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Note: This student essay focuses on Deaf and hearing volleyball players playing separately on different teams (Deaf team, hearing team). However, many Deaf athletes have experience playing together with hearing athletes, sometimes as the only Deaf player on the team. For more information read the additional note listed below the essay.
Volleyball and the Deaf:
March 06 2020
There is a common misconception that people who are Deaf or hard of hearing cannot do things as well as people who can hear. Some of these activities include writing, driving, singing, playing music, and athletics. People who are Deaf and hard of hearing can do these things and more. I was curious about how Deaf people engage with different areas of sports, where hearing is thought to be vital. This essay focuses on volleyball in particular, how people who are Deaf communicate in a fast-paced sport, and how coaches communicate information quickly.
Volleyball is a fast-paced game, and there are many components that require lots of communication. On hearing teams, players use vocalization to call out things like "Mine," "here," "touch" as well as other things as the game is being played. When watching a Deaf volleyball match, the ways the players communicate can be observed from the stands (Gallaudet Bison, 2019). For example, when calling for a specific set, the hitters hold the hand sign for the number that represents the set they want (i.e., an outside hitter most often wants a 4 or a 5, and a middle a 1 or a 2). When on defense, players often "call" the ball by waving their hand or by making it clear they are committing to the pass, and other players should "back off." Players also communicate certain information before the play begins, such as when the setter is in the front row or if there is an open shot for hitters to take.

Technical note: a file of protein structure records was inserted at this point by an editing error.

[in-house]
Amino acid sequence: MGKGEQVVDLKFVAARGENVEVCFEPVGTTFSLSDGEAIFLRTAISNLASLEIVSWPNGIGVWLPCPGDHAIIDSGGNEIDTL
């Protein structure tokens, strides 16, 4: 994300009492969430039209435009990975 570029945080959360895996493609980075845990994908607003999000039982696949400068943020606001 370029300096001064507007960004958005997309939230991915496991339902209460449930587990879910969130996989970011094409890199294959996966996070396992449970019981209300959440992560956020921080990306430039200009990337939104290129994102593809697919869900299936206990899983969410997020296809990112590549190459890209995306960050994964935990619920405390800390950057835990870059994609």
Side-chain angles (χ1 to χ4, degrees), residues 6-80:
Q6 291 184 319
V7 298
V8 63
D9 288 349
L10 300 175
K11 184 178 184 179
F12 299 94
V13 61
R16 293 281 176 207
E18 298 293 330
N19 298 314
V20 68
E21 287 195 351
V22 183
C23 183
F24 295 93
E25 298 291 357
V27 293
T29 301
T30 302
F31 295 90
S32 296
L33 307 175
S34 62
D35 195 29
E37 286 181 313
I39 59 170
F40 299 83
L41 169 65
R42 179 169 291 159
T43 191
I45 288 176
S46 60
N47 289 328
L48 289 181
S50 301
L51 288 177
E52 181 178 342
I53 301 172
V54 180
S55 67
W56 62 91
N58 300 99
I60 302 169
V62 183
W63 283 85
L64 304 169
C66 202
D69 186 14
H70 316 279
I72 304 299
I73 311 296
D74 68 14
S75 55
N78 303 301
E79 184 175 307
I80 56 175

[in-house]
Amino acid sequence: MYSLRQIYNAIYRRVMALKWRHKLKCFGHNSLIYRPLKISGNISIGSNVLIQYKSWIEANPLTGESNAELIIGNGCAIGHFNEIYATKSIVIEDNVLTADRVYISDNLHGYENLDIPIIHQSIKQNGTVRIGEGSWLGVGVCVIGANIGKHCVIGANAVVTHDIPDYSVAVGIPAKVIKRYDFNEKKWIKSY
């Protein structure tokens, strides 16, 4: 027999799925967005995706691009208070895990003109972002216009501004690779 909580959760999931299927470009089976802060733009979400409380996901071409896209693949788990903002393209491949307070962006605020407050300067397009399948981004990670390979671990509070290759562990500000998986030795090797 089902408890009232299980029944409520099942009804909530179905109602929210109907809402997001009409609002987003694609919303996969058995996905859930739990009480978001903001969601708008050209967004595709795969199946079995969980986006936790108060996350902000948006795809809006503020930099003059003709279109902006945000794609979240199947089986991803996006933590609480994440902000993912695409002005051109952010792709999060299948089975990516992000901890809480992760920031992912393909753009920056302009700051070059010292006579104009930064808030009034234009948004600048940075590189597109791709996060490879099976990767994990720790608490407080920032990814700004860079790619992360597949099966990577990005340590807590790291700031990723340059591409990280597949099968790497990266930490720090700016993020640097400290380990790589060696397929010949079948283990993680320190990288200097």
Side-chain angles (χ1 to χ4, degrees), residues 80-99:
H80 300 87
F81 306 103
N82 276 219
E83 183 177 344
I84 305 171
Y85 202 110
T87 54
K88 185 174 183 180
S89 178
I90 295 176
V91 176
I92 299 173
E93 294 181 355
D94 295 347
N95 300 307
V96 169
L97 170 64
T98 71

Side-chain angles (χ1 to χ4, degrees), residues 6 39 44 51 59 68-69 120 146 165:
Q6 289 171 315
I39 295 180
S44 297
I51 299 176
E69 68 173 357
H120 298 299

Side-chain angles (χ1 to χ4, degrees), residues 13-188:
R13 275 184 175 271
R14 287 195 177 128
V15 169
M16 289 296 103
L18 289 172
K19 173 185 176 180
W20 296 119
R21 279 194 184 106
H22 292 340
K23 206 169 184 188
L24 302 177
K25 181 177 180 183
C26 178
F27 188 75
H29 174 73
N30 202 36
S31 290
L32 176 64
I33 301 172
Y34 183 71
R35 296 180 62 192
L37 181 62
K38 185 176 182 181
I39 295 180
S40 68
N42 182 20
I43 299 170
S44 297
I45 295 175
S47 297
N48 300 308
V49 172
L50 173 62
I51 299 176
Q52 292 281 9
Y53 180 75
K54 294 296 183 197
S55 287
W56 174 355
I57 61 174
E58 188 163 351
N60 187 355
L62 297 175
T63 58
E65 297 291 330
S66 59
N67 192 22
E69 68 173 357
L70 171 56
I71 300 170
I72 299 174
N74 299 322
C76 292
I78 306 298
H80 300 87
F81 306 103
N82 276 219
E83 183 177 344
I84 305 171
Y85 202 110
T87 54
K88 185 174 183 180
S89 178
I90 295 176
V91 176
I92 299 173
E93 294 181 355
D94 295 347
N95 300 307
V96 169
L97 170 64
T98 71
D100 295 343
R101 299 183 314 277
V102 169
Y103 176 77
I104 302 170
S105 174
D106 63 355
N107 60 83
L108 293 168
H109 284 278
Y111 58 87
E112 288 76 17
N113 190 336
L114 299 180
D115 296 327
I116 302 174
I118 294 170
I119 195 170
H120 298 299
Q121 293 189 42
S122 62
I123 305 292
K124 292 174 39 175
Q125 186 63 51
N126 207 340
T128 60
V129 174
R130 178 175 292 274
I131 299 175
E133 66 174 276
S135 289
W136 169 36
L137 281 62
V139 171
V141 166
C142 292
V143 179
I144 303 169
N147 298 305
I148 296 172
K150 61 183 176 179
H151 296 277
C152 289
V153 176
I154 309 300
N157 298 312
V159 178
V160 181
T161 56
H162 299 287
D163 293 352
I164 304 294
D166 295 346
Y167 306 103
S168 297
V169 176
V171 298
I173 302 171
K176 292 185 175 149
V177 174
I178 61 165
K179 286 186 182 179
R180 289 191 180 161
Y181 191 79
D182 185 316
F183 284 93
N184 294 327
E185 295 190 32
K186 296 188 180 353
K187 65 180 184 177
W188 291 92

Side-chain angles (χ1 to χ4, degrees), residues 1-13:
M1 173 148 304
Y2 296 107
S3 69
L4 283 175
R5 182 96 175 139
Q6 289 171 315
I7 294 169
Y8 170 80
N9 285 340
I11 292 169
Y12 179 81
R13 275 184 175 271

Another difference between hearing and Deaf volleyball is coaching. If a Deaf team has a Deaf coach, the coach is very likely to communicate with the players through sign language. However, if a Deaf team has a hearing coach, there are a few different ways they can relay information. Some hearing coaches who do not know sign language, will have an interpreter on the bench to interpret their verbal instructions. "Seventy-three hearing coaches of post-secondary athletes who were Deaf and hard of hearing and twenty-two post-secondary athletes who were Deaf with hearing coaches were asked to complete a survey" (Rochon, 2006). The results determined that the most effective and common way hearing coach's communicated was having ASL interpreters who interpreted the coaches information. Athletes who had coaches communicate directly with them not only showed enhanced performance and attitude, but also created a positive relationship with their coach (Rochon, 2006). It's believed that the direct communication lessened the communication barrier, allowing a positive coach athlete relationship to form, which improved the player's attitude and performance (Rochon, 2006).